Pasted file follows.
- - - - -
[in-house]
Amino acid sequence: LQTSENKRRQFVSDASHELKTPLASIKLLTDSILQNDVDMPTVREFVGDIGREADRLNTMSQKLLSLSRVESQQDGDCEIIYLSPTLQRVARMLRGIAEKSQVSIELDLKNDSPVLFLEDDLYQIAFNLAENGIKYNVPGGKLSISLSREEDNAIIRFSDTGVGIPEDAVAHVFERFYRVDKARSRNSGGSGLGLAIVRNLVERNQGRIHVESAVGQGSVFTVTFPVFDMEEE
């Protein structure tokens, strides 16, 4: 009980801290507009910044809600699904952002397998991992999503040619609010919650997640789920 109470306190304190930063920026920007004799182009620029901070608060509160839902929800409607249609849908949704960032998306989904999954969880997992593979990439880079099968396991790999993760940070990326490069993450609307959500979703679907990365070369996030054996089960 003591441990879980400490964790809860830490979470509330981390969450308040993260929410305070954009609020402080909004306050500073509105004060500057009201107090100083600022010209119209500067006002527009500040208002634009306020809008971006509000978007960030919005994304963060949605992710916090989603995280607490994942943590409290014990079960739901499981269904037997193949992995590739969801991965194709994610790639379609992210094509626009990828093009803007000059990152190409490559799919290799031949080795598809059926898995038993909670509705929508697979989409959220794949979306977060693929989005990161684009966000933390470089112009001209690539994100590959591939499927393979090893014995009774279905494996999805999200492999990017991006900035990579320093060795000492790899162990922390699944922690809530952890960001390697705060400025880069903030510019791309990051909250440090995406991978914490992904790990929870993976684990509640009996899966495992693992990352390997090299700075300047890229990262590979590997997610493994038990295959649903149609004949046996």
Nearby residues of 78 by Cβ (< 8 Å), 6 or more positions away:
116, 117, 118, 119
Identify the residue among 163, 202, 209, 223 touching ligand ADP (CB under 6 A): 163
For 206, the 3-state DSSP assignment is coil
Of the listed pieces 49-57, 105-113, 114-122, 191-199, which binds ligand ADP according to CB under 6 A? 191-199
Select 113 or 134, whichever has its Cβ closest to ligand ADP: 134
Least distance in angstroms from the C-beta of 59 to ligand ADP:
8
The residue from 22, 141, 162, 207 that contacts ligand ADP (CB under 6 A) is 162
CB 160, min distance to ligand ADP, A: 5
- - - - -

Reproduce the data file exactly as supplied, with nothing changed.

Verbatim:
[in-house]
Amino acid sequence: LQTSENKRRQFVSDASHELKTPLASIKLLTDSILQNDVDMPTVREFVGDIGREADRLNTMSQKLLSLSRVESQQDGDCEIIYLSPTLQRVARMLRGIAEKSQVSIELDLKNDSPVLFLEDDLYQIAFNLAENGIKYNVPGGKLSISLSREEDNAIIRFSDTGVGIPEDAVAHVFERFYRVDKARSRNSGGSGLGLAIVRNLVERNQGRIHVESAVGQGSVFTVTFPVFDMEEE
């Protein structure tokens, strides 16, 4: 009980801290507009910044809600699904952002397998991992999503040619609010919650997640789920 109470306190304190930063920026920007004799182009620029901070608060509160839902929800409607249609849908949704960032998306989904999954969880997992593979990439880079099968396991790999993760940070990326490069993450609307959500979703679907990365070369996030054996089960 003591441990879980400490964790809860830490979470509330981390969450308040993260929410305070954009609020402080909004306050500073509105004060500057009201107090100083600022010209119209500067006002527009500040208002634009306020809008971006509000978007960030919005994304963060949605992710916090989603995280607490994942943590409290014990079960739901499981269904037997193949992995590739969801991965194709994610790639379609992210094509626009990828093009803007000059990152190409490559799919290799031949080795598809059926898995038993909670509705929508697979989409959220794949979306977060693929989005990161684009966000933390470089112009001209690539994100590959591939499927393979090893014995009774279905494996999805999200492999990017991006900035990579320093060795000492790899162990922390699944922690809530952890960001390697705060400025880069903030510019791309990051909250440090995406991978914490992904790990929870993976684990509640009996899966495992693992990352390997090299700075300047890229990262590979590997997610493994038990295959649903149609004949046996």
Nearby residues of 78 by Cβ (< 8 Å), 6 or more positions away:
116, 117, 118, 119
Identify the residue among 163, 202, 209, 223 touching ligand ADP (CB under 6 A): 163
For 206, the 3-state DSSP assignment is coil
Of the listed pieces 49-57, 105-113, 114-122, 191-199, which binds ligand ADP according to CB under 6 A? 191-199
Select 113 or 134, whichever has its Cβ closest to ligand ADP: 134
Least distance in angstroms from the C-beta of 59 to ligand ADP:
8
The residue from 22, 141, 162, 207 that contacts ligand ADP (CB under 6 A) is 162
CB 160, min distance to ligand ADP, A: 5